M.S. Marine Biology
Amy C. Hirons, PhD
Dimitrios Giarikos PhD
Lawrence K. Duffy PhD
Western Arctic bowhead whales, Balaena mysticetus, migrate annually among the Bering, Chukchi, and Beaufort seas. Foraging along their route, they use keratinous baleen to filter microscopic zooplankton from the water column. A single baleen plate from an adult bowhead whale grows continuously and stores 20+ years of dietary and environmental data. This study utilized induced coupled plasma-mass spectrometry (ICP-MS) to evaluate concentrations of 14 essential and non-essential elements in baleen samples from nine subsistence-harvested whales, yielding continuous data from 1958–1999 (n=148). Stable isotope data previously reported on these samples provided information on location (Beaufort Sea; Bering/Chukchi seas), season (winter; summer), and year per sample. All 14 elements were detected in baleen: aluminum (Al), arsenic (As), cadmium (Cd), cobalt (Co), chromium (Cr), copper (Cu), iron (Fe), mercury (Hg), nickel (Ni), manganese (Mn), lead (Pb), selenium (Se), vanadium (V), zinc (Zn). The lowest concentrations of elements were found for As, Cd, V; the highest Al, Cu, Fe, and Zn. Fe and Mn varied coincidentally across the plates of whales from the 1990s. Se and Hg were significantly correlated (ρ=–0.398, p0.05). These data implied biomagnification, bioaccumulation, and/or toxicity with time, though further studies are necessary to confirm.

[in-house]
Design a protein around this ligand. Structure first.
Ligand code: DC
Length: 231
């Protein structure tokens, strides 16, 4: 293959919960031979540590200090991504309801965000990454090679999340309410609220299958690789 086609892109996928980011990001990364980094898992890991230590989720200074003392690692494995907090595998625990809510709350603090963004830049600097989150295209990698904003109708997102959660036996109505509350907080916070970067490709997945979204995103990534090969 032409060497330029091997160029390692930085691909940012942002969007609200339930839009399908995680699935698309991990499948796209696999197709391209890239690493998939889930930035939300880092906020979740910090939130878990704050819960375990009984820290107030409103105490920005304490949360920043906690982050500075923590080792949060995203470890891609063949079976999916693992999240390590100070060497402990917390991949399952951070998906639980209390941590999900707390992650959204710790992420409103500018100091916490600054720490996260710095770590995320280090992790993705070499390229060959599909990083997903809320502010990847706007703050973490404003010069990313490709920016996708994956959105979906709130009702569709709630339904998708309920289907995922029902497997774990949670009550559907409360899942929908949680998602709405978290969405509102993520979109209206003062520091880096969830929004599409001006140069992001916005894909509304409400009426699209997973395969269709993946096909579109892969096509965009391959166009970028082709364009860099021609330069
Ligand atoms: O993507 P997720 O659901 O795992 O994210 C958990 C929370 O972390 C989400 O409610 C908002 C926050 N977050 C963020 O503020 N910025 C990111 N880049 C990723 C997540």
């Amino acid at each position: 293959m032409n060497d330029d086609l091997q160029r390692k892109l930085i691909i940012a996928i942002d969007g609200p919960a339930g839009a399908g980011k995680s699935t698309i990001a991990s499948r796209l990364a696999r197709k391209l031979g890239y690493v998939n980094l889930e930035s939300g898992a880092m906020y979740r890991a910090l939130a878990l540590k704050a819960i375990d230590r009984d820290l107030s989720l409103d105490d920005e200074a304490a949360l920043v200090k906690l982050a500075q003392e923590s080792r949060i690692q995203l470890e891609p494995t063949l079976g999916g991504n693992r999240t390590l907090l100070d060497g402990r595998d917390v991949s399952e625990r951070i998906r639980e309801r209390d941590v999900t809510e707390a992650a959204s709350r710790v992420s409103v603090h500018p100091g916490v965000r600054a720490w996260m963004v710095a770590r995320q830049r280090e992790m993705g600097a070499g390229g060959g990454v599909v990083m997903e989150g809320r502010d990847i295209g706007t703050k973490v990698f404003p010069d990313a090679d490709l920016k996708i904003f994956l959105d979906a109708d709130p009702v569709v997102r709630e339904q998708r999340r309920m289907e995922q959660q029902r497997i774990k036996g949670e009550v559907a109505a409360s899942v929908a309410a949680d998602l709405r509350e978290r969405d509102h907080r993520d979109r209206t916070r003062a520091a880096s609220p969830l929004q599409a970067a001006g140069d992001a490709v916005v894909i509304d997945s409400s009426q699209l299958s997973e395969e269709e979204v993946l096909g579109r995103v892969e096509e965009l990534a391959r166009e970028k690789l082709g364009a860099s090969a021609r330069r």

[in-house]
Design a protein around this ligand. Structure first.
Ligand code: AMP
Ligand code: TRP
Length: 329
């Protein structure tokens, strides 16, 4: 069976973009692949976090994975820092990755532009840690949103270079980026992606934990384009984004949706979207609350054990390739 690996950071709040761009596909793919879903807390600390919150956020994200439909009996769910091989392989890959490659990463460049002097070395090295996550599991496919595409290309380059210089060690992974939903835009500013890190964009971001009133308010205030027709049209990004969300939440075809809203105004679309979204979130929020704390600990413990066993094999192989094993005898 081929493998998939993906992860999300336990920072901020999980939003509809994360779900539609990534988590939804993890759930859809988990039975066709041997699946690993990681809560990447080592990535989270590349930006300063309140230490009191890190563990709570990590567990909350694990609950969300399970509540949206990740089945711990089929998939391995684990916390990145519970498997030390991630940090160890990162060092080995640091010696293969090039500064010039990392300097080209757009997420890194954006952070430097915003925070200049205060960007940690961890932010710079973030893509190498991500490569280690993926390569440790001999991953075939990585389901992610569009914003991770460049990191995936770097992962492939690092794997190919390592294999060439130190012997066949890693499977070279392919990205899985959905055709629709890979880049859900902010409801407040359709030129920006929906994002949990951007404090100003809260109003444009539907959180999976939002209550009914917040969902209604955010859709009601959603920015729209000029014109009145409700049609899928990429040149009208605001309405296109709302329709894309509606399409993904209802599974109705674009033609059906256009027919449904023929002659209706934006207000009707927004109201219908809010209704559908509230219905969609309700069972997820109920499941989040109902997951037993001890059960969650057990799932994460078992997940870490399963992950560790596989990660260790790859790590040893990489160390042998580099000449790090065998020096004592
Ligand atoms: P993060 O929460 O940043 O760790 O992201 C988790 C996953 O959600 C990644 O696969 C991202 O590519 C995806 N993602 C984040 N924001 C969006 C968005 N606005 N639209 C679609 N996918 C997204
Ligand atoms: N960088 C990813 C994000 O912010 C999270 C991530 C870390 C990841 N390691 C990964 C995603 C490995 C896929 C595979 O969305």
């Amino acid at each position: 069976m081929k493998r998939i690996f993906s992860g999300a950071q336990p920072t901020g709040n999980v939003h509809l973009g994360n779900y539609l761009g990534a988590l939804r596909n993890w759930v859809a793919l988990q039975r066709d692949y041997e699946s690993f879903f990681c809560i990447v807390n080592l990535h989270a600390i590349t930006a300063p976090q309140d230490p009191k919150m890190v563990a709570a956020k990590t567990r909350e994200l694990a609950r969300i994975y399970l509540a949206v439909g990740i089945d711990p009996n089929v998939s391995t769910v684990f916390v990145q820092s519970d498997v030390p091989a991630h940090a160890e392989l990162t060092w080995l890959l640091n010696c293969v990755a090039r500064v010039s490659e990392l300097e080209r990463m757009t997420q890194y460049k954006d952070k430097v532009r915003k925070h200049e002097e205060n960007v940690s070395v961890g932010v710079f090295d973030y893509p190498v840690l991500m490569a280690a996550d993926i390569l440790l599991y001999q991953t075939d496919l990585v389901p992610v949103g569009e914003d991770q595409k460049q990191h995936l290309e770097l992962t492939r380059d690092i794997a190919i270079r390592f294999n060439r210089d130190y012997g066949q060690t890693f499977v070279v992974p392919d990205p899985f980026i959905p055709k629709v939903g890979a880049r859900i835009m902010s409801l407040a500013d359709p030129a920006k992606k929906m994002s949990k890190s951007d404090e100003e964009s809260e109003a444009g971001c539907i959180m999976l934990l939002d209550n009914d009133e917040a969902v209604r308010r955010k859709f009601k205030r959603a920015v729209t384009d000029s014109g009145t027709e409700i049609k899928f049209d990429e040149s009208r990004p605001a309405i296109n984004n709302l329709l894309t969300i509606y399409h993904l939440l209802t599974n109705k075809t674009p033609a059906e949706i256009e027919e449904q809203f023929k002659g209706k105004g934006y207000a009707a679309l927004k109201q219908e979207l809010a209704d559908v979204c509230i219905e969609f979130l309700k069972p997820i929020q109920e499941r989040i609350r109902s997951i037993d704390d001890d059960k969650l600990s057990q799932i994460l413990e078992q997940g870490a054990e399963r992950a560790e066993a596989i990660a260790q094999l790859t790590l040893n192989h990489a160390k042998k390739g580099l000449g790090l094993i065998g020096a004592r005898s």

Samantha L. Shore. 2020. Spatial and Temporal Distribution of Essential and Non-Essential Elements Recorded in Western Arctic Bowhead Whales (Balaena mysticetus). Master's thesis. Nova Southeastern University. Retrieved from NSUWorks, . (525)